Thursday, July 15, 2010

Jesca Hoop - Hunting My Dress


Ever since I started working on this review, I have been having weird dreams. This makes a lot of sense. On Hunting My Dress, Jesca Hoop presents a set of songs that sound like the state between dreaming and waking. There is tumult, as you try to sort dream from reality. There is the desire to hang on to and understand the dream, conflicting with the need to gather your thoughts and exist in the waking world. Hoop matches words and music perfectly to capture this state. It doesn’t always make sense completely, and nor should it. But it has a great power, and it is a rare artist who can capture this state at all.

Let’s start with the voice. Jesca Hoop is blessed with a great range. She can intone lyrics in a low alto, or whisper them in a high soprano. Sometimes, as in the album opener Whispering Light, she does both in the same song. And she makes it work. Hoop is not just showing off; she uses that great voice to serve the song. The band behind her is spare, with drums, bass, electric and/or acoustic guitar, and subtle synthesizer parts. The playing is not flashy, but this is a band that uses dynamic shifts for great dramatic effect, going from soft to loud and back on a dime. The arrangements also swell and subside, like the lapping of water with sudden higher waves. This music is also rhythmically tight. The band sets up a particularly strong groove on Four Dreams, drops it suddenly, and then rebuilds it.

The songs seem to be about love and darkness. The title track expresses love in terms of predator and prey. The consummation of that love is described this way: “And I will give my flesh, And my blood and my marrow, And you will wear my bones and my skin.” Indeed, Hoop often reminds us here that the root word of consummation is consume. Tulip starts out as an impossible task song, like Scarborough Fair, but turns into a murder ballad. This takes place against the backdrop of the Dutch Tulip craze, a time when tulip bulbs were valued like internet stocks or subprime mortgage securities. This really did happen, and the values that tulip bulbs had at that time are not out of line with what is expressed in the song. The songs I have chosen to post grabbed me first for their sound. It just happens that each seems to be an account of a dream. In The Kingdom, the narrator is visited by ghost, who takes her to a battlefield to collect the spirits of the slain, and help them to the Afterlife. I just talked about this in my last post, on I Go Like the Raven, and I should probably be a little concerned that this idea is following me around. Four Dreams has the feel of an actual dream, more so than anything else on the album. Actually, it’s like a rush of dreams that sometimes happens when you are trying to wake up. The meaning is confused, there is a sense of being in a rush, and images just tumble out. The pace of the song accentuates this feeling.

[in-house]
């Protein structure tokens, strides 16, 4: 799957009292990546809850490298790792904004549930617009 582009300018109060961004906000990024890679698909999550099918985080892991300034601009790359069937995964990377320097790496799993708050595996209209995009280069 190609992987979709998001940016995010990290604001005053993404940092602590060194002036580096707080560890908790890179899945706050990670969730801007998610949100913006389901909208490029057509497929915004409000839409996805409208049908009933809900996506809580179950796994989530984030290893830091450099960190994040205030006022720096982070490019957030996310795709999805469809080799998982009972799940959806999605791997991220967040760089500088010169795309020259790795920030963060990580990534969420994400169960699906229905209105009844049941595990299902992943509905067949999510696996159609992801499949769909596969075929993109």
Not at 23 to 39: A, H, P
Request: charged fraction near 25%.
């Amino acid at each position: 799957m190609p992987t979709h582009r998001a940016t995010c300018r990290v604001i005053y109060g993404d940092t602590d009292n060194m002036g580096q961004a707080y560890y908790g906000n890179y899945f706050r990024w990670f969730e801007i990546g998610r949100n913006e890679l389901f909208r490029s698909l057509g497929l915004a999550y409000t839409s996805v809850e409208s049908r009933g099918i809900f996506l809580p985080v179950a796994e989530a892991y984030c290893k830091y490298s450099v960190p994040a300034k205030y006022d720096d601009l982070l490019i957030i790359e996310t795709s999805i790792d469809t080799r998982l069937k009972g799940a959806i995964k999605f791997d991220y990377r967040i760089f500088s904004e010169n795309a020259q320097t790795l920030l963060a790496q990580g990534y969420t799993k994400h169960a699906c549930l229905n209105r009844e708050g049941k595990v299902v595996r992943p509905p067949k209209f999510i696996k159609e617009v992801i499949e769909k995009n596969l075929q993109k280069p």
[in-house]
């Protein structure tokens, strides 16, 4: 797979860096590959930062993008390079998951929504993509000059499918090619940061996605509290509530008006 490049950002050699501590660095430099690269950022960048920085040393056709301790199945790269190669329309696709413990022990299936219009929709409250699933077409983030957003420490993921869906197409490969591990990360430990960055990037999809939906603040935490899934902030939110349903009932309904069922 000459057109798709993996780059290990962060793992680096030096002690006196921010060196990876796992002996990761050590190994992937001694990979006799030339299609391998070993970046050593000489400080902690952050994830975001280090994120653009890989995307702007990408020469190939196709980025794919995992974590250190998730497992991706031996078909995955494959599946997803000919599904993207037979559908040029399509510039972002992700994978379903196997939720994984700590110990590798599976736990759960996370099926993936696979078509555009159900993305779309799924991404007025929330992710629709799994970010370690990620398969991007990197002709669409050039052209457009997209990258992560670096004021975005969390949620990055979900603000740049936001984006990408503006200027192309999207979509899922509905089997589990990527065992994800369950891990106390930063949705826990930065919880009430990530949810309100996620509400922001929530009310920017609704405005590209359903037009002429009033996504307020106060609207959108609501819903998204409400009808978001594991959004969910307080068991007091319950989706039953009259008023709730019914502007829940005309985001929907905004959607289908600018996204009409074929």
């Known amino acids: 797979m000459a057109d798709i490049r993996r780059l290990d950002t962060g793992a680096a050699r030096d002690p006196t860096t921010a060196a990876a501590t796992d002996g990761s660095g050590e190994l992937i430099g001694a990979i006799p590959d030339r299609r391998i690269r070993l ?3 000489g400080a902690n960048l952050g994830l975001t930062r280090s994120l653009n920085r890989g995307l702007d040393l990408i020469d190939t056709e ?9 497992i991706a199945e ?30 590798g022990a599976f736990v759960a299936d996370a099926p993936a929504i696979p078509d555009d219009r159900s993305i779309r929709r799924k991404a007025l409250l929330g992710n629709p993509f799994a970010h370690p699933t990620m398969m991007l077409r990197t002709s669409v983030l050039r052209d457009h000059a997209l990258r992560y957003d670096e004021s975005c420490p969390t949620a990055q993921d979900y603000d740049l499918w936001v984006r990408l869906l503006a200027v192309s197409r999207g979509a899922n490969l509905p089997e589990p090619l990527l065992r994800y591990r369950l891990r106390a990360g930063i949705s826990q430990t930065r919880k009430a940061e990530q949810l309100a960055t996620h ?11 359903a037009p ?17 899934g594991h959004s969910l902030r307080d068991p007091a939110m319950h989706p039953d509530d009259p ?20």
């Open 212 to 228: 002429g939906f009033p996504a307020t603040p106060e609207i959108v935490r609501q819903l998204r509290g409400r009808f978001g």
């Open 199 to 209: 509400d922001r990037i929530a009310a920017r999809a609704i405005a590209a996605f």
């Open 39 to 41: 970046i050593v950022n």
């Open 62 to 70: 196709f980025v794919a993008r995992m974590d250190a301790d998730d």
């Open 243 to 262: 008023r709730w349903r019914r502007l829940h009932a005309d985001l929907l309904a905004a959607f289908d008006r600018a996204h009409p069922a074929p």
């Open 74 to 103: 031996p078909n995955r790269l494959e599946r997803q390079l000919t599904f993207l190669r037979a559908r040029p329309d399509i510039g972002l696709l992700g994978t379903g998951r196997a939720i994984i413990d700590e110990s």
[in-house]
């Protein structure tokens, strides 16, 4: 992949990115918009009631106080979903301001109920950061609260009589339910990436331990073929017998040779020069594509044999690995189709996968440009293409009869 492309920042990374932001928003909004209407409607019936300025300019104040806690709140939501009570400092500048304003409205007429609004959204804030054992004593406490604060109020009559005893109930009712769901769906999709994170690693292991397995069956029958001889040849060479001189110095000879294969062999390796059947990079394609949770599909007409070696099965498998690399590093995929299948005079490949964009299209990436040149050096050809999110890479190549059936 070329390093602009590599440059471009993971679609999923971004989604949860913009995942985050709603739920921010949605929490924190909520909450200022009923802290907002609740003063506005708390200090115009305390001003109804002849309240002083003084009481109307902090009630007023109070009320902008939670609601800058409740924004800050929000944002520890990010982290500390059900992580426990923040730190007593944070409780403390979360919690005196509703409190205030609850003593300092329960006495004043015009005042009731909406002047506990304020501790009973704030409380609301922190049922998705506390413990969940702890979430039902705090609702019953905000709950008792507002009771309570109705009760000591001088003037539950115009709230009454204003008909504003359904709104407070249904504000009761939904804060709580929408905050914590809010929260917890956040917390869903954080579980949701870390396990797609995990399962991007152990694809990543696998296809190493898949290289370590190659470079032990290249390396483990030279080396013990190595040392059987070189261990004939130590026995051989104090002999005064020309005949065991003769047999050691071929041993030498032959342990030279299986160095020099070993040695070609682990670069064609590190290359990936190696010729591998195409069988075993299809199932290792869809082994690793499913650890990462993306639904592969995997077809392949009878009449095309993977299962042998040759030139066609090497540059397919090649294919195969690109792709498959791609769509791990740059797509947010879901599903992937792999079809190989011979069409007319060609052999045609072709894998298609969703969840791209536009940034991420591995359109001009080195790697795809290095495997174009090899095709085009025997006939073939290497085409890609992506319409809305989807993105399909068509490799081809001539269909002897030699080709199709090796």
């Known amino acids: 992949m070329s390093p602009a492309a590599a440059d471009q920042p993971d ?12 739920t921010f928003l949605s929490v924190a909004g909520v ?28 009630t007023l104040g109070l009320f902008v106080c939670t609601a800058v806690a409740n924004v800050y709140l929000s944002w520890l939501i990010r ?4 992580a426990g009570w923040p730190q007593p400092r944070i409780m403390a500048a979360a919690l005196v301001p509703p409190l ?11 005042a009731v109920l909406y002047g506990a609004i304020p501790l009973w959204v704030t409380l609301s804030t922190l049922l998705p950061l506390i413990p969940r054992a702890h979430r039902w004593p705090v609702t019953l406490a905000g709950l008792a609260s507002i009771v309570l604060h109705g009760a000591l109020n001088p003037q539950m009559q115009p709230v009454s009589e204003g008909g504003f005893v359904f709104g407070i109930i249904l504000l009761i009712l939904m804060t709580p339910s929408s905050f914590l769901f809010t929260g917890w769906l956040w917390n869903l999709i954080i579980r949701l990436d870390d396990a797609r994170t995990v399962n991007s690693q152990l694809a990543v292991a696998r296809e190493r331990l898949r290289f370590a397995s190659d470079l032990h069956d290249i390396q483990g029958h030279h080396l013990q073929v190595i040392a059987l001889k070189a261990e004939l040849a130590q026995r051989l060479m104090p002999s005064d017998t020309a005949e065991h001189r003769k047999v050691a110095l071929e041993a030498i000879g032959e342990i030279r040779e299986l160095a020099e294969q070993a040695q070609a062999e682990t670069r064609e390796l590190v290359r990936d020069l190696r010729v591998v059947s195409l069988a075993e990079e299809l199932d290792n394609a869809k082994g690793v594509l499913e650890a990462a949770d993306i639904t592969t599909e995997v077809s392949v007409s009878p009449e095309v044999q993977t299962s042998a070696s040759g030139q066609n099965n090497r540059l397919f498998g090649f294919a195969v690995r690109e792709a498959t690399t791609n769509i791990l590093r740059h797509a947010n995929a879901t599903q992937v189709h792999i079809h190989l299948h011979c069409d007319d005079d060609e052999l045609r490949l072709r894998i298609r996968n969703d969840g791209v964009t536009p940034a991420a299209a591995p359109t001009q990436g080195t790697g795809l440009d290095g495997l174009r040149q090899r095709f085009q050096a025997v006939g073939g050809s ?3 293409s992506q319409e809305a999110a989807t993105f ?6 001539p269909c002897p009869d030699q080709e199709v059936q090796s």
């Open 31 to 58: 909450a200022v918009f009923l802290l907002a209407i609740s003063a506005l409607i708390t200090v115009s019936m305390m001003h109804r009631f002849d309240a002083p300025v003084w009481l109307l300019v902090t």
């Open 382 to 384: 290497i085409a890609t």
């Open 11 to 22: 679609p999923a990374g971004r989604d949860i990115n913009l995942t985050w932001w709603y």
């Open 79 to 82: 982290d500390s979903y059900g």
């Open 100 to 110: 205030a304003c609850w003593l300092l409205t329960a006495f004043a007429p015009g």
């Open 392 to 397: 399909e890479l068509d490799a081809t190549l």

Overall, Hunting My Dress is a passionate album, and one whose emotional impact I will probably still be sorting out for a while. The music sounds simple in places, but this is certainly an album that rewards repeated listening. It comes out on July 27. My advice is to get a copy, but you might only want to play it in the middle of the day. Or you might want to play it just before bedtime, and have some unusual dreams of your own.

Jesca Hoop: The Kingdom

Jesca Hoop: Four Dreams